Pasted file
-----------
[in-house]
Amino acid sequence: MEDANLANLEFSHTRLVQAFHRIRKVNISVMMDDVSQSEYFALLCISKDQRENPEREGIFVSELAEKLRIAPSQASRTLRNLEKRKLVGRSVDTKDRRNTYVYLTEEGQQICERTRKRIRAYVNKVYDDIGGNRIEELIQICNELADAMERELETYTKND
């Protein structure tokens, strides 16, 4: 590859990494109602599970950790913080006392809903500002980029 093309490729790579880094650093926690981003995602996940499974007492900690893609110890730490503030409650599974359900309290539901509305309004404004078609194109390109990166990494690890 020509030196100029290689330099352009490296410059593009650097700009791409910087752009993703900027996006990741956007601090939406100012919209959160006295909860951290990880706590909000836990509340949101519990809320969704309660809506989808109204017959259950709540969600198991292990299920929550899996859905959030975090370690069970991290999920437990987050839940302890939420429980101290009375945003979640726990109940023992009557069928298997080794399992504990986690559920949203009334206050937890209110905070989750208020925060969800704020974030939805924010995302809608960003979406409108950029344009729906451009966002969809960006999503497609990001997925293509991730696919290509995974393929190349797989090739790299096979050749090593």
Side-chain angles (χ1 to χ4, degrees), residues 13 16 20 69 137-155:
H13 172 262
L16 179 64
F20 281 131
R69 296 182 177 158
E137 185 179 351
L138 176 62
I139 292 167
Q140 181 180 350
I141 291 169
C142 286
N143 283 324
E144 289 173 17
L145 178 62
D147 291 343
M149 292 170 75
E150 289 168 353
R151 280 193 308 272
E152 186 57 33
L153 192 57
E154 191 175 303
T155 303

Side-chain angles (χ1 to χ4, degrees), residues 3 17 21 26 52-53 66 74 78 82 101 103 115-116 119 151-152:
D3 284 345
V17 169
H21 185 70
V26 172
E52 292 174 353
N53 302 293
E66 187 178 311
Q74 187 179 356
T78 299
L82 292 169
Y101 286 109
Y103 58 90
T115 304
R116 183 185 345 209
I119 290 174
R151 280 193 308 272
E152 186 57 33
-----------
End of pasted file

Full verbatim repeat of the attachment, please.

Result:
[in-house]
Amino acid sequence: MEDANLANLEFSHTRLVQAFHRIRKVNISVMMDDVSQSEYFALLCISKDQRENPEREGIFVSELAEKLRIAPSQASRTLRNLEKRKLVGRSVDTKDRRNTYVYLTEEGQQICERTRKRIRAYVNKVYDDIGGNRIEELIQICNELADAMERELETYTKND
């Protein structure tokens, strides 16, 4: 590859990494109602599970950790913080006392809903500002980029 093309490729790579880094650093926690981003995602996940499974007492900690893609110890730490503030409650599974359900309290539901509305309004404004078609194109390109990166990494690890 020509030196100029290689330099352009490296410059593009650097700009791409910087752009993703900027996006990741956007601090939406100012919209959160006295909860951290990880706590909000836990509340949101519990809320969704309660809506989808109204017959259950709540969600198991292990299920929550899996859905959030975090370690069970991290999920437990987050839940302890939420429980101290009375945003979640726990109940023992009557069928298997080794399992504990986690559920949203009334206050937890209110905070989750208020925060969800704020974030939805924010995302809608960003979406409108950029344009729906451009966002969809960006999503497609990001997925293509991730696919290509995974393929190349797989090739790299096979050749090593």
Side-chain angles (χ1 to χ4, degrees), residues 13 16 20 69 137-155:
H13 172 262
L16 179 64
F20 281 131
R69 296 182 177 158
E137 185 179 351
L138 176 62
I139 292 167
Q140 181 180 350
I141 291 169
C142 286
N143 283 324
E144 289 173 17
L145 178 62
D147 291 343
M149 292 170 75
E150 289 168 353
R151 280 193 308 272
E152 186 57 33
L153 192 57
E154 191 175 303
T155 303

Side-chain angles (χ1 to χ4, degrees), residues 3 17 21 26 52-53 66 74 78 82 101 103 115-116 119 151-152:
D3 284 345
V17 169
H21 185 70
V26 172
E52 292 174 353
N53 302 293
E66 187 178 311
Q74 187 179 356
T78 299
L82 292 169
Y101 286 109
Y103 58 90
T115 304
R116 183 185 345 209
I119 290 174
R151 280 193 308 272
E152 186 57 33